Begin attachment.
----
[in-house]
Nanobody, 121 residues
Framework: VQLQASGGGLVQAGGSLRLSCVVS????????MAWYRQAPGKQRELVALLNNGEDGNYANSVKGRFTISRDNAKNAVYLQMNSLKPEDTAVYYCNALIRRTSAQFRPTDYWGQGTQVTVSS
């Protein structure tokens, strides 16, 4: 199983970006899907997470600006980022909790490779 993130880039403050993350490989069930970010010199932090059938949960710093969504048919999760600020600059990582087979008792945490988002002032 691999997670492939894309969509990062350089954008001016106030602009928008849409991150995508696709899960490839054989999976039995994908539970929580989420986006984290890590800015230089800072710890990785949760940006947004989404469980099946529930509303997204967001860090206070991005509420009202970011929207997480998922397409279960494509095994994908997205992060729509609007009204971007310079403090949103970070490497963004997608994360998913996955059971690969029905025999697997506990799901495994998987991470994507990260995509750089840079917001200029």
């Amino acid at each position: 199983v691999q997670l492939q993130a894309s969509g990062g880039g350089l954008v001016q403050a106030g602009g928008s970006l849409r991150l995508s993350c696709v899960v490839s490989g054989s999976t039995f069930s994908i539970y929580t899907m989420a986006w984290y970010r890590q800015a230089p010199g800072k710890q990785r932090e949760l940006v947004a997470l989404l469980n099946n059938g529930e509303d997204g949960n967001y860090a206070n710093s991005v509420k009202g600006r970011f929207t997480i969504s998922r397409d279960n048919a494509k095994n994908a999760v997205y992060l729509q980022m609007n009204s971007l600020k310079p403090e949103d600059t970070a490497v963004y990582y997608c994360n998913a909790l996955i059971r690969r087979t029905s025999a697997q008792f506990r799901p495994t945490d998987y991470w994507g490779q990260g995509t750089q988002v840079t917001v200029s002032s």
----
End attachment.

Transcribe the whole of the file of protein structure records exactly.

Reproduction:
[in-house]
Nanobody, 121 residues
Framework: VQLQASGGGLVQAGGSLRLSCVVS????????MAWYRQAPGKQRELVALLNNGEDGNYANSVKGRFTISRDNAKNAVYLQMNSLKPEDTAVYYCNALIRRTSAQFRPTDYWGQGTQVTVSS
């Protein structure tokens, strides 16, 4: 199983970006899907997470600006980022909790490779 993130880039403050993350490989069930970010010199932090059938949960710093969504048919999760600020600059990582087979008792945490988002002032 691999997670492939894309969509990062350089954008001016106030602009928008849409991150995508696709899960490839054989999976039995994908539970929580989420986006984290890590800015230089800072710890990785949760940006947004989404469980099946529930509303997204967001860090206070991005509420009202970011929207997480998922397409279960494509095994994908997205992060729509609007009204971007310079403090949103970070490497963004997608994360998913996955059971690969029905025999697997506990799901495994998987991470994507990260995509750089840079917001200029």
């Amino acid at each position: 199983v691999q997670l492939q993130a894309s969509g990062g880039g350089l954008v001016q403050a106030g602009g928008s970006l849409r991150l995508s993350c696709v899960v490839s490989g054989s999976t039995f069930s994908i539970y929580t899907m989420a986006w984290y970010r890590q800015a230089p010199g800072k710890q990785r932090e949760l940006v947004a997470l989404l469980n099946n059938g529930e509303d997204g949960n967001y860090a206070n710093s991005v509420k009202g600006r970011f929207t997480i969504s998922r397409d279960n048919a494509k095994n994908a999760v997205y992060l729509q980022m609007n009204s971007l600020k310079p403090e949103d600059t970070a490497v963004y990582y997608c994360n998913a909790l996955i059971r690969r087979t029905s025999a697997q008792f506990r799901p495994t945490d998987y991470w994507g490779q990260g995509t750089q988002v840079t917001v200029s002032s």